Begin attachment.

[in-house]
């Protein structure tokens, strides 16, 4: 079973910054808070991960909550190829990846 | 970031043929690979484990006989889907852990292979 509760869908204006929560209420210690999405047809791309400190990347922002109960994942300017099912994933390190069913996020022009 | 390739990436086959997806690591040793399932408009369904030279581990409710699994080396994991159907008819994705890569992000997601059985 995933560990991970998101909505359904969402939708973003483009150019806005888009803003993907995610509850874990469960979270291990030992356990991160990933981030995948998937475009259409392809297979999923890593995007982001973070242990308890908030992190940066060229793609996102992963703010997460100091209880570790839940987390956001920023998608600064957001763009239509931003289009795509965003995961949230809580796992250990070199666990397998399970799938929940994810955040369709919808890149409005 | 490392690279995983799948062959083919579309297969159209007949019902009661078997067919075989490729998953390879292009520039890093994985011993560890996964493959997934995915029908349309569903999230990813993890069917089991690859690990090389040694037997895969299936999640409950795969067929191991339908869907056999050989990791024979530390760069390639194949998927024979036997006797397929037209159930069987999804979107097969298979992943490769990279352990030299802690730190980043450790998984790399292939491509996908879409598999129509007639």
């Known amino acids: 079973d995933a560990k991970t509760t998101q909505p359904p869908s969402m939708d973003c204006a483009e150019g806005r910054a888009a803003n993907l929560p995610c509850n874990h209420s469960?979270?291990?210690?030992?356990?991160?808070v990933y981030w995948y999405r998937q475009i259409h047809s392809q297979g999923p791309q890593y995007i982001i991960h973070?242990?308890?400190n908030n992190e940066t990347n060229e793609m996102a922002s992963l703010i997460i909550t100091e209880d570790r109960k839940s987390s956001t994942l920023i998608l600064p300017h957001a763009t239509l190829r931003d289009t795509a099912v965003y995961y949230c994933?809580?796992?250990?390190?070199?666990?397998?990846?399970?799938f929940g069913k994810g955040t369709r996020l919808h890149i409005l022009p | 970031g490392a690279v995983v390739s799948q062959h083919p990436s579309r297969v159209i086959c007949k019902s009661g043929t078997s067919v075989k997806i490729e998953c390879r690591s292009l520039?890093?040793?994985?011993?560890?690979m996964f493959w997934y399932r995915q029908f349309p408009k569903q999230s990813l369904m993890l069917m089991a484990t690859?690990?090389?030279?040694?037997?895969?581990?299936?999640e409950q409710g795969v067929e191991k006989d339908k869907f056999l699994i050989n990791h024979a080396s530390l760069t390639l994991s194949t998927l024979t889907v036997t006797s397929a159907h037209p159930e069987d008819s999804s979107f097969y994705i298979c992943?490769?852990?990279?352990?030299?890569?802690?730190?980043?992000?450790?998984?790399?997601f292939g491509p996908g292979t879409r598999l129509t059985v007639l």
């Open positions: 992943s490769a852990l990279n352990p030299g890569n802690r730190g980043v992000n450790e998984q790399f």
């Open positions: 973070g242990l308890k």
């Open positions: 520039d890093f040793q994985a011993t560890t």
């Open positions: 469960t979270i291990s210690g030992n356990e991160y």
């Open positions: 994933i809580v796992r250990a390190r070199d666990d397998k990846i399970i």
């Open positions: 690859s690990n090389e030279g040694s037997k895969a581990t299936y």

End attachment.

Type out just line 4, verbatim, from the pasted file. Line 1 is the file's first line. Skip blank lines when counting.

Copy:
């Open positions: 992943s490769a852990l990279n352990p030299g890569n802690r730190g980043v992000n450790e998984q790399f």